5. Embrace Imperfection: Accept that perfection is unattainable and that making mistakes is a natural part of growth. Focus on learning and improvement rather than flawless performance. Making peace with the fact that nothing and no one is perfect is almost considered a cliche at this point, but it's also a vital part of progress in life.

  6. Set Realistic Goals: Break down larger tasks into manageable steps and set achievable goals. Celebrate small victories along the way to build confidence gradually. Writing down your goals, both short and long-term, is a great way of making them feel more approachable and attainable. 

  7. Practice Self-Compassion: Treat yourself with kindness and understanding, just as you would a friend. Acknowledge that it’s okay to feel uncertain and that you deserve success and happiness. There are some of you reading this right now who believe that you're an exception to that statement, but you aren't! 

Even through the course of writing this blog and discussing this topic, I myself experienced impostor syndrome! To some degree, it felt wrong discussing this topic as a relative newbie to working in small business, not to mention the almost automatic denial that I feel when I'm told about how important my contributions are to Nakee.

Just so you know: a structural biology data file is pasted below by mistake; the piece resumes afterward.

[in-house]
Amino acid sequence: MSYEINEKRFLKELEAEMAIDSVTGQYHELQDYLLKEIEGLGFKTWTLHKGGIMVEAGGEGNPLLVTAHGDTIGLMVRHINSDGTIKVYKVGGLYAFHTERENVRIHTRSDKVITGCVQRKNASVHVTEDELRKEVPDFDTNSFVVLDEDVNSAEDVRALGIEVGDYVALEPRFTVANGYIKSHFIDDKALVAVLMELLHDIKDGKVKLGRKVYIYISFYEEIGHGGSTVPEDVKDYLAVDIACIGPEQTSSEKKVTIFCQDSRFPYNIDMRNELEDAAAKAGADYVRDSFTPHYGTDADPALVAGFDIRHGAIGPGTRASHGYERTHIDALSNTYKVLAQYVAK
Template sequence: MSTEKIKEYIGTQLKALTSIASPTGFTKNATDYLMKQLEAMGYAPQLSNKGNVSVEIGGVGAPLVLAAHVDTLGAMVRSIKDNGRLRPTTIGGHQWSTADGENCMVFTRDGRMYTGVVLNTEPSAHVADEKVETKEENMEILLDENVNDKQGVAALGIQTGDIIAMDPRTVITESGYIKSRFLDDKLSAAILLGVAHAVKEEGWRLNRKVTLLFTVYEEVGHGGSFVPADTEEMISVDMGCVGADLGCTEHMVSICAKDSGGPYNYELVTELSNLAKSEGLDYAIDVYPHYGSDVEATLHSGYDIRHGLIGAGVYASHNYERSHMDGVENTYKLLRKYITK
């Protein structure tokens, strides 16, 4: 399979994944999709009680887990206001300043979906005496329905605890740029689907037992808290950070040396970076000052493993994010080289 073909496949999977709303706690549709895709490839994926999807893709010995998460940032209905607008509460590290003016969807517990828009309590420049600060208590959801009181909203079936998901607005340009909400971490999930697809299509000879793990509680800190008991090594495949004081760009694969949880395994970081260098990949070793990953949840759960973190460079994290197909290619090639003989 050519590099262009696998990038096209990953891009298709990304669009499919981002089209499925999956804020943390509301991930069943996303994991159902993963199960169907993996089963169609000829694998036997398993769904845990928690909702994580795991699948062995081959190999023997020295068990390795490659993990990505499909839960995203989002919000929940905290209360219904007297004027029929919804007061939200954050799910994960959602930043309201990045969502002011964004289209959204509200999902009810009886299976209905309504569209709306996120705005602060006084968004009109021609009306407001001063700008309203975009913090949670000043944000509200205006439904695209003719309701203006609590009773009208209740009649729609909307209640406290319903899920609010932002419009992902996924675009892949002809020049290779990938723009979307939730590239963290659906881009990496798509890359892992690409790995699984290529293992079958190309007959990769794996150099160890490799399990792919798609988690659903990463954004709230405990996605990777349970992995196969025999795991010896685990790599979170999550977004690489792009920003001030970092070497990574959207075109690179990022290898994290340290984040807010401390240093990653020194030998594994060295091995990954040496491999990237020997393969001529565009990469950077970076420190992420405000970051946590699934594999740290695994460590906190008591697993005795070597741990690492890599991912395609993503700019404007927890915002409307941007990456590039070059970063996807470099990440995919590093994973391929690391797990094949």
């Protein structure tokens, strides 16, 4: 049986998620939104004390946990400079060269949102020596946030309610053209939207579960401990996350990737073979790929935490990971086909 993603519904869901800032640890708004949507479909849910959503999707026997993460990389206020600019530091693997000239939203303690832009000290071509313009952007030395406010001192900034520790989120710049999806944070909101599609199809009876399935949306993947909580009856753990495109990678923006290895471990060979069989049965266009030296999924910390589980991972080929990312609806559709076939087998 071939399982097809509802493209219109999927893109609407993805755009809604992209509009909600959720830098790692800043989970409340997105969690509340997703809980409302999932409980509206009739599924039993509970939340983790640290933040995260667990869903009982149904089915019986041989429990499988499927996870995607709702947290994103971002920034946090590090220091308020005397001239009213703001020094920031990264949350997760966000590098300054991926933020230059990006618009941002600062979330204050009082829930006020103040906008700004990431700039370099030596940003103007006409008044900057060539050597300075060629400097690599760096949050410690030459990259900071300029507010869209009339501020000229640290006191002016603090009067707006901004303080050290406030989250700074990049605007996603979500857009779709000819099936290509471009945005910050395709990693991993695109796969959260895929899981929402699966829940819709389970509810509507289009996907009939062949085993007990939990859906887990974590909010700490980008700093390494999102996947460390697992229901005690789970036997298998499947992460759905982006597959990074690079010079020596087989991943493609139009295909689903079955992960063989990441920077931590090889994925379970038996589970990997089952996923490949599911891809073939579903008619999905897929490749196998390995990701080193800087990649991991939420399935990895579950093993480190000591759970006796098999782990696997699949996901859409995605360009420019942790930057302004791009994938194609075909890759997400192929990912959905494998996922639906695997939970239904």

Even writing that was a struggle to try and accept it, but looking back at the things I've created and written for Nakee still fills me with an immense sense of personal pride. I've got to spread the word on things that matter, and hopefully contribute to people overcoming their struggles. I'm working on embracing my contributions, and I hope that you all are too. 

The thing I always struggle with in regards to that is the notion of the ruthless comparison, as I call it. A habit that's so easy to fall into, where you compare yourself to someone in a similar situation or career and say they're outdoing you. It's easy to point to them and say that they're further along on their career track or became more successful in less time, but that comparison is never fair to the person making it.

It doesn't account for the many, many differences that exist between every one of us regarding our experiences, our abilities and the innumerable other factors of life that bring us to the present. Do your best to be cognizant of the ruthless comparison, and try to avoid it, because it's never beneficial. It's just one of the nasty tricks of impostor syndrome, and it doesn't reflect your own success fairly or fully. 

Thanks for hearing me out today, everyone. It can sometimes be a bit overwhelming to deal with this sort of thing, but we need to remember we're not alone when facing our struggles. Here's another resource or two on impostor syndrome. Also, keep an eye out for a TikTok from Steffani this Friday sharing a few of her own experiences with impostor syndrome and the resources and experiences she uses to overcome it. Thanks for reading; this is Brendan, signing off for now.